For added interest, there is an audio-visual element to the show, pictures and videos pop up on a screen, and it has its good points and bad. The screen is a bit small for people up the back, and can sometimes distract from the song, (who’s listening to her dense lyrics when there is a cute doggie on the screen looking at us?) and do I want to look at feet? No. But you might come specifically for the feet pics and if so, good luck to you. The positive side is that it breaks things up, creates a running gag for Gabbi and helps to prompt the audience in what she is joking about, though one portrait did not help me identify an obscure politician she references, maybe it was a NSW thing, there were a couple of laughs from more politically savvy audience members for that.

The opening song has a real Tim Minchin vibe and her closer “Love Song fo an Incel (I’d get on with Your Mum)” is reminiscent of Geraldine Quinn at her best, they were the night’s highlights, along with her stinging eye opener about Police Training. The song about her movie star crushes teach us that Andrew Garfield has made a LOT of shitful films, and Spiderman.

She’s certainly the best new musical comedian I’ve discovered since Jude Perl. Like her peers Gabbi is blessed with all the requirements of a top musical comedian, she can sing, she can play, she can write great toe-tapping tunes and most of all, she’s funny. In such a short time she’s come a long way, there’s still some way to go yet and I look forward to watching her grow and reach the heights she deserves. Look out world.

Gabbi Bolt performs Odd Sock at The Butterfly Club at 7pm every night!


Róisín and Chiara: Sex on Wheels!

By Ron Bingham

What can I say about this pair of brilliantly crazy performers. Róisín O’Mahony and Chiara Goldsmith are one of those acts that can have me bursting out into surprised laughter at their antics both on and off the stage.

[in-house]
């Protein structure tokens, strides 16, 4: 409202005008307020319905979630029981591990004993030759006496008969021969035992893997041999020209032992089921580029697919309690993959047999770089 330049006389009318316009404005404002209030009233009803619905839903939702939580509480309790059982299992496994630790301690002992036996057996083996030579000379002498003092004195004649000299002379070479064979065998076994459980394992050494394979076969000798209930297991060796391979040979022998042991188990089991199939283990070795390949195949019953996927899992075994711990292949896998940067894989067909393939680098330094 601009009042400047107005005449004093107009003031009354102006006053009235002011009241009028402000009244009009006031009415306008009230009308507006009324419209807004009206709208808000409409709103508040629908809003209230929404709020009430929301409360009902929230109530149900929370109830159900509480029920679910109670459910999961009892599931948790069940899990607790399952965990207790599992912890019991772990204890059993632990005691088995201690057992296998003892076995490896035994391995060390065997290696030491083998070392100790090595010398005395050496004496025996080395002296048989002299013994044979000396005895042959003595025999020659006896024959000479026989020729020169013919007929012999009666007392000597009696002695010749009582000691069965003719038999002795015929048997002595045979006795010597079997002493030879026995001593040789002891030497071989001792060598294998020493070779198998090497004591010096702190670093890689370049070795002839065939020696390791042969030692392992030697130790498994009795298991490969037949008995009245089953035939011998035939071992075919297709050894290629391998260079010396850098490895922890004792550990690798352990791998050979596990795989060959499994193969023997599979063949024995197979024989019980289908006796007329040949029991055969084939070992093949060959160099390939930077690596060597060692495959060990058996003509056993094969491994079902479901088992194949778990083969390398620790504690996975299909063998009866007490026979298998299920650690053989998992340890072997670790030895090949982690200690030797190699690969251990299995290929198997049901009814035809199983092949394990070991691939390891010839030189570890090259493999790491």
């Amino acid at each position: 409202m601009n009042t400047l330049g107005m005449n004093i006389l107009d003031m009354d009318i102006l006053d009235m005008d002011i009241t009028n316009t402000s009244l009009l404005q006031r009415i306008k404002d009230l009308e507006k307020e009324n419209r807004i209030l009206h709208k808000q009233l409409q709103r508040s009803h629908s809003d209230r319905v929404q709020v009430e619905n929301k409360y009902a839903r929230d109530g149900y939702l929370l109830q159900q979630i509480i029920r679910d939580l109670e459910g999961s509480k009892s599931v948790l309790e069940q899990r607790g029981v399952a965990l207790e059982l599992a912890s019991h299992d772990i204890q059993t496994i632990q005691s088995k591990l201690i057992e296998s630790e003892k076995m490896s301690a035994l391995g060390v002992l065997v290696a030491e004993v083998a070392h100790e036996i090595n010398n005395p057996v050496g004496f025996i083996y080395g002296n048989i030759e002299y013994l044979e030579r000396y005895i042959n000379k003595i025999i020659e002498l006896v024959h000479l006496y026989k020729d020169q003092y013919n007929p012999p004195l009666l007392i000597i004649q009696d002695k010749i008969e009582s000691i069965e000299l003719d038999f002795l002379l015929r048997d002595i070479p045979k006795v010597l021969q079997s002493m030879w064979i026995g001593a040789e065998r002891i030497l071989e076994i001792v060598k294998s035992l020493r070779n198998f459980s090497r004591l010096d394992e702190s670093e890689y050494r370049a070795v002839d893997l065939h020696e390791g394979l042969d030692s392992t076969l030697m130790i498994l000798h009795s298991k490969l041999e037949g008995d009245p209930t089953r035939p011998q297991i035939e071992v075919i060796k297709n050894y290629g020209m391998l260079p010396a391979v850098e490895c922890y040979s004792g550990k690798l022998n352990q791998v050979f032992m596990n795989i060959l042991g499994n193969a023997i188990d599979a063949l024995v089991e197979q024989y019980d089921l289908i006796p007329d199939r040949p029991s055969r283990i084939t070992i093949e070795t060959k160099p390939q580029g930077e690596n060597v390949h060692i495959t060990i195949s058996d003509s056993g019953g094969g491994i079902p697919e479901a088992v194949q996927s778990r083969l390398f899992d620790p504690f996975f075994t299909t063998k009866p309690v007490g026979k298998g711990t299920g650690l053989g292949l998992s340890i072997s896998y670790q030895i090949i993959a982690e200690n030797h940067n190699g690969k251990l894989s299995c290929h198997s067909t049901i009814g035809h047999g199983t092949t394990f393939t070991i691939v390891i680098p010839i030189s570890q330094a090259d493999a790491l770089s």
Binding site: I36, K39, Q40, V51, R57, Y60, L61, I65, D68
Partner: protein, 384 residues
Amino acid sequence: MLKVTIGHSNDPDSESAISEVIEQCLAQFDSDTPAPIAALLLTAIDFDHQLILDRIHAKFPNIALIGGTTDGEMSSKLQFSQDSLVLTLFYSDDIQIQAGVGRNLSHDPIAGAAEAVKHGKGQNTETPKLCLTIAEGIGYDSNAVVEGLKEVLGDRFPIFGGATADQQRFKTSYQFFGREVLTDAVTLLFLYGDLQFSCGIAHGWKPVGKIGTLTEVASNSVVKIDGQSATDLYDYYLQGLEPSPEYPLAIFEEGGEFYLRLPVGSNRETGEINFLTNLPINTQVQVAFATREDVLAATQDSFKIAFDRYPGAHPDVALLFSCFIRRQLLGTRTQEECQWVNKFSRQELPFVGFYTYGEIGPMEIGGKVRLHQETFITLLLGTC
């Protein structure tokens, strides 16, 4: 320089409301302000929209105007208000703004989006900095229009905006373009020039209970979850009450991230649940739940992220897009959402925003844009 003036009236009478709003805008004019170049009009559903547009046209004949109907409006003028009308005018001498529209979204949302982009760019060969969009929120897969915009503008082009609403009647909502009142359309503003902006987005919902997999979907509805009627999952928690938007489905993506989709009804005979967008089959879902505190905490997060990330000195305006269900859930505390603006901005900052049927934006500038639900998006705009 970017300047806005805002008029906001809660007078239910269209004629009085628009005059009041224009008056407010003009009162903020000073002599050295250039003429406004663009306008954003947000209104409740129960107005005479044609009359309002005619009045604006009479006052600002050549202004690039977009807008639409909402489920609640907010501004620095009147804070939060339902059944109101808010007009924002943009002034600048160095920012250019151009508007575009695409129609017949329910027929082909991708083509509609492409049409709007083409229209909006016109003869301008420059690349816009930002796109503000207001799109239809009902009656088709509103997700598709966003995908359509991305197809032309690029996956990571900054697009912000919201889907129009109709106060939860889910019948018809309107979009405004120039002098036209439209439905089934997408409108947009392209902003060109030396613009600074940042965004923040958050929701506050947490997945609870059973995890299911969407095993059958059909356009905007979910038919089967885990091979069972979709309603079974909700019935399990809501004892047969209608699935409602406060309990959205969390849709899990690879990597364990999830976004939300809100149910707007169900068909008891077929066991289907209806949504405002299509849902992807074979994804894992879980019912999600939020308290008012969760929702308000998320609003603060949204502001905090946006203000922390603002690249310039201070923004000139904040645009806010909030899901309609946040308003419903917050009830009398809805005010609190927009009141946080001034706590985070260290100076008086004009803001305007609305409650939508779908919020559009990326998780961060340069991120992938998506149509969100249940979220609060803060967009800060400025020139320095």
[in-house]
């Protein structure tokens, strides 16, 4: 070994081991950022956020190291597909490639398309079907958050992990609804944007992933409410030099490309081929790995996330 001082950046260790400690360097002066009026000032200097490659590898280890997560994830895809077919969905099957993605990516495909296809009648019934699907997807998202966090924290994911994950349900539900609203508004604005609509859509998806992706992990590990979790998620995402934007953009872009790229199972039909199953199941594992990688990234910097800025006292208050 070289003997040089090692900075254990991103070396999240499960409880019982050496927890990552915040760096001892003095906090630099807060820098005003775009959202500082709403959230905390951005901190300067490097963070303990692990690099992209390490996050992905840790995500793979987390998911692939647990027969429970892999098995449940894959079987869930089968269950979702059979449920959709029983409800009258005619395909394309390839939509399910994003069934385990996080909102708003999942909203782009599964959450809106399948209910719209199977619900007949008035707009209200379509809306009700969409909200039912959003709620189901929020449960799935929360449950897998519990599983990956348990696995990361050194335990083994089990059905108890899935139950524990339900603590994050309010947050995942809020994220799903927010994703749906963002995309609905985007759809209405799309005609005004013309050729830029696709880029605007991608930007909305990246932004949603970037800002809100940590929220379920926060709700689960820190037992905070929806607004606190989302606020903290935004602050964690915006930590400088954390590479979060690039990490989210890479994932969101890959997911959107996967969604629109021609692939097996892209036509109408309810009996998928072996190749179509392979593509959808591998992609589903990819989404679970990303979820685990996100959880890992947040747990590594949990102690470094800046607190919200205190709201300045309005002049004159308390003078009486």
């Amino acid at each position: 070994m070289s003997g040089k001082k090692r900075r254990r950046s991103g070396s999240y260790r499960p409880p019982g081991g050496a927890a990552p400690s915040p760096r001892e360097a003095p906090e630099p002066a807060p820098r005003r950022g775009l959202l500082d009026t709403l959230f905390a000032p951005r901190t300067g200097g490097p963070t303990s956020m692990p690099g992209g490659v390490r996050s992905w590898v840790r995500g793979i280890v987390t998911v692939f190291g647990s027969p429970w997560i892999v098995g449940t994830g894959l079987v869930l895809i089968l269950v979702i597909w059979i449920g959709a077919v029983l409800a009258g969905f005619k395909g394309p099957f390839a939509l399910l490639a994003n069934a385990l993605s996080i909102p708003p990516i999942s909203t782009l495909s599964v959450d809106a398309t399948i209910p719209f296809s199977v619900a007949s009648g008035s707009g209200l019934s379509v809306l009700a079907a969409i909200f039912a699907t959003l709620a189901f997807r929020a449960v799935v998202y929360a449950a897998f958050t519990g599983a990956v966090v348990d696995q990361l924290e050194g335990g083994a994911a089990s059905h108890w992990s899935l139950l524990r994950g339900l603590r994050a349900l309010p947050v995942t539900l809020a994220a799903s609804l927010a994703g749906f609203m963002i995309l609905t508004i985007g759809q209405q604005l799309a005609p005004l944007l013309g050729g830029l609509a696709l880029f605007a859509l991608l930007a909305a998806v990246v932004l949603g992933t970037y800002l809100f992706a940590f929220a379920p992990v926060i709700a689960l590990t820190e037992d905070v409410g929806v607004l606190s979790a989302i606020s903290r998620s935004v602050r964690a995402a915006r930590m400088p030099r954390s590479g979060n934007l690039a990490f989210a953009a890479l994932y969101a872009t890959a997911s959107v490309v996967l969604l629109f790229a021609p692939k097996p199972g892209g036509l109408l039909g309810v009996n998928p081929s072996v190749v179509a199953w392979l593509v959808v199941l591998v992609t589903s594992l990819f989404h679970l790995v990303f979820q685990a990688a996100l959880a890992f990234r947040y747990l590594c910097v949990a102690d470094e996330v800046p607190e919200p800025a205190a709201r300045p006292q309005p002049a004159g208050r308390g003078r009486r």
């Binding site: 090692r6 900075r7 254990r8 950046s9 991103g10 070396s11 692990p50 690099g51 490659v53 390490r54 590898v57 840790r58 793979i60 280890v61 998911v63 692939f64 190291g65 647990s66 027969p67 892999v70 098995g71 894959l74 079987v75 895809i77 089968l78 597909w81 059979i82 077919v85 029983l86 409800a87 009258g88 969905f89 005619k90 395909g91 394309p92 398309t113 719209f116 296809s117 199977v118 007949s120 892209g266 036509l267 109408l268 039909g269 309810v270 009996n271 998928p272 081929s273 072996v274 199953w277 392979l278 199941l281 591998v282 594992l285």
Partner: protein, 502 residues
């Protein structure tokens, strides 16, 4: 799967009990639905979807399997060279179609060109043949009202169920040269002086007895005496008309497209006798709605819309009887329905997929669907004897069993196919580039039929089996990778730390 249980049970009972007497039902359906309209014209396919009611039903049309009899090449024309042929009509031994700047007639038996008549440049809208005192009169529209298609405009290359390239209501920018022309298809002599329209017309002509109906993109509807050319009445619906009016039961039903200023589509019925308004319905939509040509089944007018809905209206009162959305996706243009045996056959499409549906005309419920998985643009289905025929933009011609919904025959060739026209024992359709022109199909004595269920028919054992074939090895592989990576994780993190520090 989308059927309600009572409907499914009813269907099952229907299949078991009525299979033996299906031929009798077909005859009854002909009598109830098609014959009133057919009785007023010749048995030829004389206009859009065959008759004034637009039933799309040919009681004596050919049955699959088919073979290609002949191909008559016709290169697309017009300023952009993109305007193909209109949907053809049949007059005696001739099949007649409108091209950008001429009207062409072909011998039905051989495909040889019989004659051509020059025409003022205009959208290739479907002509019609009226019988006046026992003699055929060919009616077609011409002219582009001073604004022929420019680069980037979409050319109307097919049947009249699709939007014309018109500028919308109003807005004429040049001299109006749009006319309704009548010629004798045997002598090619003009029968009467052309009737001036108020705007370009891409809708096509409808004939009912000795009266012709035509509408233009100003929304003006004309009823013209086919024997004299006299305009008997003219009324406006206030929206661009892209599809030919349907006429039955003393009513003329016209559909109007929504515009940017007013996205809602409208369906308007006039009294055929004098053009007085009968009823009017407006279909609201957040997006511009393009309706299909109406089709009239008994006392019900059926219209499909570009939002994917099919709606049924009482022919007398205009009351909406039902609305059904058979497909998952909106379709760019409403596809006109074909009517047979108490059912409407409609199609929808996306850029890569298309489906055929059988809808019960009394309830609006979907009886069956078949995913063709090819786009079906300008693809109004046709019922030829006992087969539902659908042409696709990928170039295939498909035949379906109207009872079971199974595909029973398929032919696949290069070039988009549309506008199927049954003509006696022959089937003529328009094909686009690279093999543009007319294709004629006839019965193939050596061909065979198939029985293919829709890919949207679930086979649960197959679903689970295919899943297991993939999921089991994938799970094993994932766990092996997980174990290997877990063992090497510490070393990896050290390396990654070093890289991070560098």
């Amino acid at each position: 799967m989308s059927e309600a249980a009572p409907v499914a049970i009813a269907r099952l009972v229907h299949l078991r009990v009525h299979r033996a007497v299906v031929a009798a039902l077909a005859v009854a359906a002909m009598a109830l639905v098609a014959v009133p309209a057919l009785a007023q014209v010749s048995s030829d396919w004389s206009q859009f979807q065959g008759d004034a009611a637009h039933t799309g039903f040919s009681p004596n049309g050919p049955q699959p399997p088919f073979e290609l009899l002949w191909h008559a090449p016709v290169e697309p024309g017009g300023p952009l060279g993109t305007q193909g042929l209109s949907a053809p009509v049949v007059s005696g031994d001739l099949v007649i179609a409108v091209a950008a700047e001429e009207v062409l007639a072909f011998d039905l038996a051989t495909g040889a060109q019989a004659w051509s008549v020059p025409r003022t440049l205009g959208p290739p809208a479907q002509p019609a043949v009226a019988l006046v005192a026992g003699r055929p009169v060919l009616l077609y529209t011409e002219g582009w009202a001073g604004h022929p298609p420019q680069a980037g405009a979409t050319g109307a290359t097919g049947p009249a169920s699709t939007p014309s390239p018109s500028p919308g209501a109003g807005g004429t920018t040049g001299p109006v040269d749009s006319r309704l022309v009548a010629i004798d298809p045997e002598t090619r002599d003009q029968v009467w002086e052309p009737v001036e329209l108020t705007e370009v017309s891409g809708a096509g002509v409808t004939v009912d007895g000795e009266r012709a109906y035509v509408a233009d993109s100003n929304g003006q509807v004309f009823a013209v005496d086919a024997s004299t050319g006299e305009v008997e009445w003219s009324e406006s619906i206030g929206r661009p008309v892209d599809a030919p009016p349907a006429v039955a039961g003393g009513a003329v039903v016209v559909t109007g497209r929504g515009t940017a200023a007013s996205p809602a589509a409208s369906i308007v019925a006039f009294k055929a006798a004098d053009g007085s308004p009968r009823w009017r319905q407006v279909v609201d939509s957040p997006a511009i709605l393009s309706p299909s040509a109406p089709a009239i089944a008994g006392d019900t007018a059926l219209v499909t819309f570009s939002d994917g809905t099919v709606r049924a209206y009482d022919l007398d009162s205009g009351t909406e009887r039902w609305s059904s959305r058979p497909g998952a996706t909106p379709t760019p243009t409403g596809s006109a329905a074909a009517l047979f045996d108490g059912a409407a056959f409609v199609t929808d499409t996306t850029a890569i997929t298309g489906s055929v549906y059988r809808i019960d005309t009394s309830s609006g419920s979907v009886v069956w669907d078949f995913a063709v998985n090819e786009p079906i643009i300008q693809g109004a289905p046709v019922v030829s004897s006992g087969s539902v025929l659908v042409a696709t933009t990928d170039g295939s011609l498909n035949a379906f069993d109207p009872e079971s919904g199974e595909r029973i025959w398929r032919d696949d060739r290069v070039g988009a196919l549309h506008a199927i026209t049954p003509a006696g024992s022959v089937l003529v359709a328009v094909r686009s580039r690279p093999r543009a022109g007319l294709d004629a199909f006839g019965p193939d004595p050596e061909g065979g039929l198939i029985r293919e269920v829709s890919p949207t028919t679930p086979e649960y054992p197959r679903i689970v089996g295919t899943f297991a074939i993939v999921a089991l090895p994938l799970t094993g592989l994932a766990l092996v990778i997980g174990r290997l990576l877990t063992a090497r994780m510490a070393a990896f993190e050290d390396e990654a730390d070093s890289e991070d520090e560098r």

The daring duo are unafraid to go that one step too far, whether it be covering their faces with butter or oranges or toothpaste(or all three), twerking through the audience with massively enhanced boobs and bums, throwing in an impromptu jig or two, teasing the audience while they scream with laughter and so much more.

Putting what they did on the stage in writing cannot evoke the magic of their show. They have an almost perfect stage chemistry and a touch of brazen madness. You really have to see Róisín and Chiara live, but unfortunately they were only performing Sex on Wheels! in Edinburgh for two nights. So if you do see their name on a comedy line-up, or future festival then buy a ticket as they are consistently and excellently eccentric.

Sex on Wheels! is on at Assembly George Square Studios

Ange Lavoipierre: I’ve Got 99 Problems and Here’s an Exhaustive List of Them

By Ron Bingham

Scared of spiders? A warning that there is a lot of spider talk and Ange may be dressed as a spider at the start of the show, but we must stress, there are NO Actual Spiders.

We DO get 99 problems in Ange’s life, but luckily most of them wiz past us as she presents them in song form to save time. There is a satisfying narrative arc to the cleverly written show with some incisive comments on the zeitgeist and really excellent zingers.  She is clearly using this show to work through some issues. The main afflictions that Ange focuses on involve an ex-boyfriend and spiders.  The spider problem is explored via a delightful retelling of the classic story Charlotte’s Web, while the boyfriend problem is demolished in both song and story. She gets some help from the audience and doesn’t put too much pressure on them thank goodness.